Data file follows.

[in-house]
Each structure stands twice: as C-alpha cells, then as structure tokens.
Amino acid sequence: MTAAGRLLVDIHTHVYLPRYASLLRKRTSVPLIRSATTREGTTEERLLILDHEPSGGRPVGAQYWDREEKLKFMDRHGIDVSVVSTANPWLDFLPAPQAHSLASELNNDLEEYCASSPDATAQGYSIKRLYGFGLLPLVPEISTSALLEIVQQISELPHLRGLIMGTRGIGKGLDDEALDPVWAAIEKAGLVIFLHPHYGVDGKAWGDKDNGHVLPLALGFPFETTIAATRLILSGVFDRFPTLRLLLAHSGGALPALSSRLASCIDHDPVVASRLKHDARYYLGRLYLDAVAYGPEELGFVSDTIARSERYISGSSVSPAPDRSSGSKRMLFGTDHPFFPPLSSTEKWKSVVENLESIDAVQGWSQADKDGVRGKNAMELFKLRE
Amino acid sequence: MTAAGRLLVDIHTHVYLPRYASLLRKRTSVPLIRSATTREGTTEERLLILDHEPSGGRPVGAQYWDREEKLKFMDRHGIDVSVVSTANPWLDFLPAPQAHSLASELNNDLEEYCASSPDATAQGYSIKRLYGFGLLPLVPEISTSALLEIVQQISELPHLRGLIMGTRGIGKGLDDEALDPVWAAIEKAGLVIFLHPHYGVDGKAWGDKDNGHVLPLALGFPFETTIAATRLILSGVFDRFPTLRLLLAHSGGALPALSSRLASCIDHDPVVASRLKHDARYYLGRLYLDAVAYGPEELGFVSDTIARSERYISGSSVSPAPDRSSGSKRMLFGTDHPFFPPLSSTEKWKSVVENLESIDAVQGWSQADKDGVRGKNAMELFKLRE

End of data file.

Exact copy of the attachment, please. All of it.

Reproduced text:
[in-house]
Each structure stands twice: as C-alpha cells, then as structure tokens.
Amino acid sequence: MTAAGRLLVDIHTHVYLPRYASLLRKRTSVPLIRSATTREGTTEERLLILDHEPSGGRPVGAQYWDREEKLKFMDRHGIDVSVVSTANPWLDFLPAPQAHSLASELNNDLEEYCASSPDATAQGYSIKRLYGFGLLPLVPEISTSALLEIVQQISELPHLRGLIMGTRGIGKGLDDEALDPVWAAIEKAGLVIFLHPHYGVDGKAWGDKDNGHVLPLALGFPFETTIAATRLILSGVFDRFPTLRLLLAHSGGALPALSSRLASCIDHDPVVASRLKHDARYYLGRLYLDAVAYGPEELGFVSDTIARSERYISGSSVSPAPDRSSGSKRMLFGTDHPFFPPLSSTEKWKSVVENLESIDAVQGWSQADKDGVRGKNAMELFKLRE
Amino acid sequence: MTAAGRLLVDIHTHVYLPRYASLLRKRTSVPLIRSATTREGTTEERLLILDHEPSGGRPVGAQYWDREEKLKFMDRHGIDVSVVSTANPWLDFLPAPQAHSLASELNNDLEEYCASSPDATAQGYSIKRLYGFGLLPLVPEISTSALLEIVQQISELPHLRGLIMGTRGIGKGLDDEALDPVWAAIEKAGLVIFLHPHYGVDGKAWGDKDNGHVLPLALGFPFETTIAATRLILSGVFDRFPTLRLLLAHSGGALPALSSRLASCIDHDPVVASRLKHDARYYLGRLYLDAVAYGPEELGFVSDTIARSERYISGSSVSPAPDRSSGSKRMLFGTDHPFFPPLSSTEKWKSVVENLESIDAVQGWSQADKDGVRGKNAMELFKLRE